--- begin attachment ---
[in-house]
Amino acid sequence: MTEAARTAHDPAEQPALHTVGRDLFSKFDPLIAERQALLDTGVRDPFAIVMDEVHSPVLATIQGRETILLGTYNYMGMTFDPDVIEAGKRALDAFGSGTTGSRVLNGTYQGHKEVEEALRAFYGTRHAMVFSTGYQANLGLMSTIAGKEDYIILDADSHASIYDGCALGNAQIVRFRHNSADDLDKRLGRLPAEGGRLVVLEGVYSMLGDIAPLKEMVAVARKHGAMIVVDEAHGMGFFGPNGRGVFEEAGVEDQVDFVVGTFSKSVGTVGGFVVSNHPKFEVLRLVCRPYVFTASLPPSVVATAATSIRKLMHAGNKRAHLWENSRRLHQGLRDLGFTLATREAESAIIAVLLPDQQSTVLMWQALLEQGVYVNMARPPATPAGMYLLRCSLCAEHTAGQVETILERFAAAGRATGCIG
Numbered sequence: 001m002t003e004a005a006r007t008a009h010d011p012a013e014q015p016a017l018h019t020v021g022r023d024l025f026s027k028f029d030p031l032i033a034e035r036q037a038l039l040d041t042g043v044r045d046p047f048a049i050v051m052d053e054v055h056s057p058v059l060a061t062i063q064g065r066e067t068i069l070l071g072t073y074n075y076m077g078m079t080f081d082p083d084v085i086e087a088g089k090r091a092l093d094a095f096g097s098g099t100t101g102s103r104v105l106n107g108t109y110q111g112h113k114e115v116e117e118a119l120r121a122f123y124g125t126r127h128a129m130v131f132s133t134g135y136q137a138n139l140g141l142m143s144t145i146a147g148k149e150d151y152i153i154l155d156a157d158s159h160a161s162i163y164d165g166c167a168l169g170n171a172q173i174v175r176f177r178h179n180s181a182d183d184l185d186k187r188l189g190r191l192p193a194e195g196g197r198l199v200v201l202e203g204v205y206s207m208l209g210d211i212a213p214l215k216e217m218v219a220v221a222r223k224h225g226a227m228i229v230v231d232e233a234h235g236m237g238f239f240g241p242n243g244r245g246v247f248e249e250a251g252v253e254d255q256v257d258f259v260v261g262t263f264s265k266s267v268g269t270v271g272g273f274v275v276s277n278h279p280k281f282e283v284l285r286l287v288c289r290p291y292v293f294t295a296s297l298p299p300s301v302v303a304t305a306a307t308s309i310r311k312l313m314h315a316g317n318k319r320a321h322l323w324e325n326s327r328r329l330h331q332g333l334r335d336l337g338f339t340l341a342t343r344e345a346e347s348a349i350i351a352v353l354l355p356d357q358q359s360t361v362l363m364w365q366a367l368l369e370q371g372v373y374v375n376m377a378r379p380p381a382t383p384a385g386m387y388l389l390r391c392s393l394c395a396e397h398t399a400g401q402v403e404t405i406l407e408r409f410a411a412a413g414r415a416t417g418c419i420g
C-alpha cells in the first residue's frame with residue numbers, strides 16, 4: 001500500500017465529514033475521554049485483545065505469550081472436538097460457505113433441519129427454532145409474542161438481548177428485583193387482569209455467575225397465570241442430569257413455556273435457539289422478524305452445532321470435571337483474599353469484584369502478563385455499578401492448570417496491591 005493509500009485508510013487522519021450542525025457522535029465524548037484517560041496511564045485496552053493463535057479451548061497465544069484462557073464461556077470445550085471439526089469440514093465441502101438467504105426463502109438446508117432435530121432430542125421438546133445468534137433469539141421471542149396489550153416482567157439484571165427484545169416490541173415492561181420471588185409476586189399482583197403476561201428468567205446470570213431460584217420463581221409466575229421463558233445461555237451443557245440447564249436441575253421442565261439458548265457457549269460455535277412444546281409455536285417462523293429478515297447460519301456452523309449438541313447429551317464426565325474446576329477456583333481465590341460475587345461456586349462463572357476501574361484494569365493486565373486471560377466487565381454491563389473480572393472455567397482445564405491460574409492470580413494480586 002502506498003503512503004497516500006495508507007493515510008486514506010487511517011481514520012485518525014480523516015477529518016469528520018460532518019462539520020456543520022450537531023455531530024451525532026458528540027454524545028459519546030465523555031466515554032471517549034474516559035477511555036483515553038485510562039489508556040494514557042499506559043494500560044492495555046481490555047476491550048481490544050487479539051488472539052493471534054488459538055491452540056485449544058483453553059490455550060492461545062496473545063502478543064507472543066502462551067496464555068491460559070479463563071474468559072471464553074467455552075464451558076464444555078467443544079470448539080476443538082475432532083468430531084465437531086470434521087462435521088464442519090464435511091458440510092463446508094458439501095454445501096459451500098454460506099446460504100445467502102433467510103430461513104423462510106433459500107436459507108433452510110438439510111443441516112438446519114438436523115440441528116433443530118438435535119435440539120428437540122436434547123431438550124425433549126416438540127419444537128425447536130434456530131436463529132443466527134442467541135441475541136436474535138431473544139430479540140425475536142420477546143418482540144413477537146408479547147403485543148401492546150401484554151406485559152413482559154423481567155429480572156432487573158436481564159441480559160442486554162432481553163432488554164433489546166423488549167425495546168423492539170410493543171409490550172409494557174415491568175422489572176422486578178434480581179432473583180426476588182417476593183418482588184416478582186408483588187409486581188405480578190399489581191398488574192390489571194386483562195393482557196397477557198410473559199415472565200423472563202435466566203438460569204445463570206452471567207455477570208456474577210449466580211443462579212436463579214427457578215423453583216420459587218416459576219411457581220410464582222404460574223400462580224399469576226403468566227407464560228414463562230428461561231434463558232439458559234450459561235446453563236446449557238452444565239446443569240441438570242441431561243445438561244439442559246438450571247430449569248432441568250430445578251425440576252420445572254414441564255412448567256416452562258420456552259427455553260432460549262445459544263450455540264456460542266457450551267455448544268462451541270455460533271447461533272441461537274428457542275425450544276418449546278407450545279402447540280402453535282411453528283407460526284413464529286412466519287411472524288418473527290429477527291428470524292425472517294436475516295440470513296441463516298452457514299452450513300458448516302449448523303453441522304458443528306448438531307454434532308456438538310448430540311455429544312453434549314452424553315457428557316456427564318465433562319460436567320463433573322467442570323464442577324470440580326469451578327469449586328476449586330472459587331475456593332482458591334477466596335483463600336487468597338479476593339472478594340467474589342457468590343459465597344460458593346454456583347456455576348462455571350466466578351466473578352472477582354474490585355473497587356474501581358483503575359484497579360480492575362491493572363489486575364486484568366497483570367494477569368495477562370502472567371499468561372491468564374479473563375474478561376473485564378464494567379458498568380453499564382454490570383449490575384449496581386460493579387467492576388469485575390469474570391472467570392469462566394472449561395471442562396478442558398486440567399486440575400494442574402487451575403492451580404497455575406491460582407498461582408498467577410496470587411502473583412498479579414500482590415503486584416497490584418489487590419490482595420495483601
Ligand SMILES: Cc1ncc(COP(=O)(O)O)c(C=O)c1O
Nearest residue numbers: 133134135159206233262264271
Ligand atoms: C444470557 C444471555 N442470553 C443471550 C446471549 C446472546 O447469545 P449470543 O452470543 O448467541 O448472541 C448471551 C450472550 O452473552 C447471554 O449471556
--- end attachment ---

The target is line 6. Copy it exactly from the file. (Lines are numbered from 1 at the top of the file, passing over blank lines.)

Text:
Nearest residue numbers: 133134135159206233262264271